Richard Warren

"Clearly I tap to you clearly along the plumbing of the world" (W S Graham)

Tag Archives: Jessica Dismorr

‘I drag my body over yellow stones’: the Vorticist period writings of Jessie Dismorr

l'ingenueFollowing on from my page of images by Jessie (later Jessica) Dismorr, Vorticist painter, poet and flâneuse, a new bunch of drop-down pages is available among the tabs up above (or go here and find the links) on her writings from 1915 to 1922. Here are collected all her pieces from Blast 2 of 1915, from The Little Review of 1918-19, and from the manuscript poetry collection of 1918 given to John Storrs, with her piece on Russian art for The Tyro 2 of 1922, preceded by a general introduction. Maybe someone else has done this far better, or is about to, but I’m not aware of it, so here’s my best shot.

From the psychogeography of “June Night” to the dense and breathless metaphysics of the later poems, from aphorisms on aesthetics to feminist satires on the Pre-Raphaelite woman, there is much of interest here, not forgetting the savage attacks on Dismorr in The Little Review by Margaret Anderson and Yvor Winters that knocked the stuffing out of her literary self-confidence.

“To Strangers – all my curiosity and artlessness.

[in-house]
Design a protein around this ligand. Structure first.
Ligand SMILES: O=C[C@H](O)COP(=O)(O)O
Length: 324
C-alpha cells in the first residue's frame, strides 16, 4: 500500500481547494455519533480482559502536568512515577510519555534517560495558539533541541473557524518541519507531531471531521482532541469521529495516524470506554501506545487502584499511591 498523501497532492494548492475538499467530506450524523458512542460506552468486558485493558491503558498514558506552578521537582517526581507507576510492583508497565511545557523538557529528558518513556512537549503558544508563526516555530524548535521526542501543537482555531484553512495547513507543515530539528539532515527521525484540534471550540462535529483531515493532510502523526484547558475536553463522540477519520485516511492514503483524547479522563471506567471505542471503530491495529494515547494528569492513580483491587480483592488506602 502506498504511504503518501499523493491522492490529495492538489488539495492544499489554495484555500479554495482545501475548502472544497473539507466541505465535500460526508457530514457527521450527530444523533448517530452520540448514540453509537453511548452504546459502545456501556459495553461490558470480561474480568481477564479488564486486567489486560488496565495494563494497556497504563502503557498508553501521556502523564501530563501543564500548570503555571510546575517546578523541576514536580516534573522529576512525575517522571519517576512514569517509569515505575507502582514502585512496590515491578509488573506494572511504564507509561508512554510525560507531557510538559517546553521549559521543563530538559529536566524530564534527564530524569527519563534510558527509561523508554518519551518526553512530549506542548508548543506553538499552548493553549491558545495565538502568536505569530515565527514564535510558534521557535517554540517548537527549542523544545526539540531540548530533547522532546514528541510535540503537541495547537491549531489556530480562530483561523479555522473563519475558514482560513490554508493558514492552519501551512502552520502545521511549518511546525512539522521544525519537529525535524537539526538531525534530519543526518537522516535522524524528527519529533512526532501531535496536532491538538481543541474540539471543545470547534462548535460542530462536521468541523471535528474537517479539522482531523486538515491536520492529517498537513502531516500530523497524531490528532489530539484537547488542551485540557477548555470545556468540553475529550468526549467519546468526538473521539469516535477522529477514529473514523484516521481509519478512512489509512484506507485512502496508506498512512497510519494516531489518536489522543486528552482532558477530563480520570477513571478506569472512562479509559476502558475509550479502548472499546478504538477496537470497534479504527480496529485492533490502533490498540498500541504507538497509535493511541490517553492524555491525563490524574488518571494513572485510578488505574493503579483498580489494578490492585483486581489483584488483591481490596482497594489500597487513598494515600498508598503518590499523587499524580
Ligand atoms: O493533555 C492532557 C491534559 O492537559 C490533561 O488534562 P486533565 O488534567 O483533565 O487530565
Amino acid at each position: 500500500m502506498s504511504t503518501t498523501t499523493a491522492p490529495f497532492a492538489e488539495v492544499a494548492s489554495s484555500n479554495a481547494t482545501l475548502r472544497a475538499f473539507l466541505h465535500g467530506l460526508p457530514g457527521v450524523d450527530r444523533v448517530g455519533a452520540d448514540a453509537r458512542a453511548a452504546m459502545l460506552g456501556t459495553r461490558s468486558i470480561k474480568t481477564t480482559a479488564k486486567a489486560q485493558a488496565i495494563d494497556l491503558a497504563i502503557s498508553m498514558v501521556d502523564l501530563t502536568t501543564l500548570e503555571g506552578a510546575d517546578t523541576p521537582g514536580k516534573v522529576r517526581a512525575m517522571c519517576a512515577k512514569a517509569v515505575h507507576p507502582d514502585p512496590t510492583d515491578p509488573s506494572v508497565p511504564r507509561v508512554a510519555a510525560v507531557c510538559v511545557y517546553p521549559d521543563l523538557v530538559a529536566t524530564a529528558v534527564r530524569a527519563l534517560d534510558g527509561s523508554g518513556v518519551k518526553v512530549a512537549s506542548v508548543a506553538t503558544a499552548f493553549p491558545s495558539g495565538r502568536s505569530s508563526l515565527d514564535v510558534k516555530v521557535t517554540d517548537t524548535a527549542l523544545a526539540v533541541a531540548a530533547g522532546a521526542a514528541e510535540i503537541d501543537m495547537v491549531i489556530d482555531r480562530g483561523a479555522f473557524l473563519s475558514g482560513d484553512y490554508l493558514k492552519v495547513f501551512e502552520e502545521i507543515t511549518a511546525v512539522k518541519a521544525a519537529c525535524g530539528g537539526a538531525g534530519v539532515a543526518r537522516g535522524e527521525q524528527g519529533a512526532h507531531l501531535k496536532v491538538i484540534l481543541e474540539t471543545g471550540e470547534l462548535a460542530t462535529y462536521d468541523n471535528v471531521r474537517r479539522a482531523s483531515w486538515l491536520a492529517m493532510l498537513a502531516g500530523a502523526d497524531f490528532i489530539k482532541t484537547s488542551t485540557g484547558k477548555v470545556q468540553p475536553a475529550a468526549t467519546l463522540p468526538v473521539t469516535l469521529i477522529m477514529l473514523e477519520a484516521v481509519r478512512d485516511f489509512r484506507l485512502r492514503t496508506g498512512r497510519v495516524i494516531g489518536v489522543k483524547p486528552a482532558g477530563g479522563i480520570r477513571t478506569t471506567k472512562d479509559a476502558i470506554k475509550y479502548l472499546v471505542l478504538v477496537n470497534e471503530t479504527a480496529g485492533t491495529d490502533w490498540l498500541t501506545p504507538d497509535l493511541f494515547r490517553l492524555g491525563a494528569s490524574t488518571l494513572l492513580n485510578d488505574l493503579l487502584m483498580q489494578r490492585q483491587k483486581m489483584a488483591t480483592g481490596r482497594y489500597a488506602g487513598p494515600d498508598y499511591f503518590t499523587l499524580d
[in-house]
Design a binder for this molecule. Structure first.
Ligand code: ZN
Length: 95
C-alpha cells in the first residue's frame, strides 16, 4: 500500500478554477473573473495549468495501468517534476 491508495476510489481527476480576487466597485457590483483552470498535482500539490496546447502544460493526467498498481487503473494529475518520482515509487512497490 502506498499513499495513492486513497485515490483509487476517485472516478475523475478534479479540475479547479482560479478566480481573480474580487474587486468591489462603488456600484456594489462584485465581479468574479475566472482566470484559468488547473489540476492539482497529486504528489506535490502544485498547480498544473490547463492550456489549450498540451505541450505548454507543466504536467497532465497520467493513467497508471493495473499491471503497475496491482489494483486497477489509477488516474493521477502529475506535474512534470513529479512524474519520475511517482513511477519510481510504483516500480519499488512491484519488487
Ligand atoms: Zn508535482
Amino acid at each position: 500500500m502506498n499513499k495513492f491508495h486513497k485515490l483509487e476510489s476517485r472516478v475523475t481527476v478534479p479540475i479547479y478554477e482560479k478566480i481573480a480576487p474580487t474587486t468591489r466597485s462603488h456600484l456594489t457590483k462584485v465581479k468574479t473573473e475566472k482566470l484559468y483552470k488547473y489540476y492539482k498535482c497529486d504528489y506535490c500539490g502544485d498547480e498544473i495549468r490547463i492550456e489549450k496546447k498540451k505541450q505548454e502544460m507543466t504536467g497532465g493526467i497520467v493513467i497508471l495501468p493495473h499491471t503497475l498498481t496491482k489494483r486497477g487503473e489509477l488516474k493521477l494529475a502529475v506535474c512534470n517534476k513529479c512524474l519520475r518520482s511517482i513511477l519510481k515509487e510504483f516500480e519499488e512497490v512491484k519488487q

To my Lovers – an eternal regret.
To my Friends – more insistent demands, the last enigma of conduct, a few gifts.”

A little gallery for Jessie Dismorr

small self portraitAs we move into the centenary year of Blast, it seems like a good time to present a page of work by the uncommonly interesting Vorticist (and much else) Jessie, or Jessica, Dismorr. (To view the page, find the tab above or go here.)

So far I’ve managed to scrounge up 66 images of paintings and drawings from all periods, including what appears to be an image of James Joyce, and two likely Vorticist designs, among the papers of American sculptor John Storrs, that for all I know may previously have been overlooked.

As and when other images turn up, they will be added without announcement.

Dismorr was also a poet, and the (uncollected) texts of her Vorticist period are well worth reading – the stuff of a future page, no doubt.